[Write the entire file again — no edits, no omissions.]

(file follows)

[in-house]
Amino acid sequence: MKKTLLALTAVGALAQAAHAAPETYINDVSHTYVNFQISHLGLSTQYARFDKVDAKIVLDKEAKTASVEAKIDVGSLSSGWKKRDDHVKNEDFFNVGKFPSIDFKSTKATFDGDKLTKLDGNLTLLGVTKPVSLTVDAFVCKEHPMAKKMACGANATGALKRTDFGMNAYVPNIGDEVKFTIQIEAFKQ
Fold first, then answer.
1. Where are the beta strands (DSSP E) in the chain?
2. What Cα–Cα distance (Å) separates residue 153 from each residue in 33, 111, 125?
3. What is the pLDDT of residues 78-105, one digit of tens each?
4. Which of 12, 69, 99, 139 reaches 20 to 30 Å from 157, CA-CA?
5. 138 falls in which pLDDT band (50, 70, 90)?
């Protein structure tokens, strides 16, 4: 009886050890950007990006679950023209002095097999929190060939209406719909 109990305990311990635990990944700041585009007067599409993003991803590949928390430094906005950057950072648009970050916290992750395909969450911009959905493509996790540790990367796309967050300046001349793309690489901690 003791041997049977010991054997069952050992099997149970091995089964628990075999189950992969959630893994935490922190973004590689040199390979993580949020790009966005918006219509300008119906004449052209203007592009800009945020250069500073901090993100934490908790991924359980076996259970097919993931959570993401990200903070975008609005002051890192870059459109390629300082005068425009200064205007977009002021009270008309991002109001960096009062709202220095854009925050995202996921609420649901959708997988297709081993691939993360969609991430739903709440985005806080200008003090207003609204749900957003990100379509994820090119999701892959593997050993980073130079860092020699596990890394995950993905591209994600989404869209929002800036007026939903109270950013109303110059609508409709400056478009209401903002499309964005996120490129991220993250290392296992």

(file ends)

[in-house]
Amino acid sequence: MKKTLLALTAVGALAQAAHAAPETYINDVSHTYVNFQISHLGLSTQYARFDKVDAKIVLDKEAKTASVEAKIDVGSLSSGWKKRDDHVKNEDFFNVGKFPSIDFKSTKATFDGDKLTKLDGNLTLLGVTKPVSLTVDAFVCKEHPMAKKMACGANATGALKRTDFGMNAYVPNIGDEVKFTIQIEAFKQ
Fold first, then answer.
1. Where are the beta strands (DSSP E) in the chain?
2. What Cα–Cα distance (Å) separates residue 153 from each residue in 33, 111, 125?
3. What is the pLDDT of residues 78-105, one digit of tens each?
4. Which of 12, 69, 99, 139 reaches 20 to 30 Å from 157, CA-CA?
5. 138 falls in which pLDDT band (50, 70, 90)?
């Protein structure tokens, strides 16, 4: 009886050890950007990006679950023209002095097999929190060939209406719909 109990305990311990635990990944700041585009007067599409993003991803590949928390430094906005950057950072648009970050916290992750395909969450911009959905493509996790540790990367796309967050300046001349793309690489901690 003791041997049977010991054997069952050992099997149970091995089964628990075999189950992969959630893994935490922190973004590689040199390979993580949020790009966005918006219509300008119906004449052209203007592009800009945020250069500073901090993100934490908790991924359980076996259970097919993931959570993401990200903070975008609005002051890192870059459109390629300082005068425009200064205007977009002021009270008309991002109001960096009062709202220095854009925050995202996921609420649901959708997988297709081993691939993360969609991430739903709440985005806080200008003090207003609204749900957003990100379509994820090119999701892959593997050993980073130079860092020699596990890394995950993905591209994600989404869209929002800036007026939903109270950013109303110059609508409709400056478009209401903002499309964005996120490129991220993250290392296992």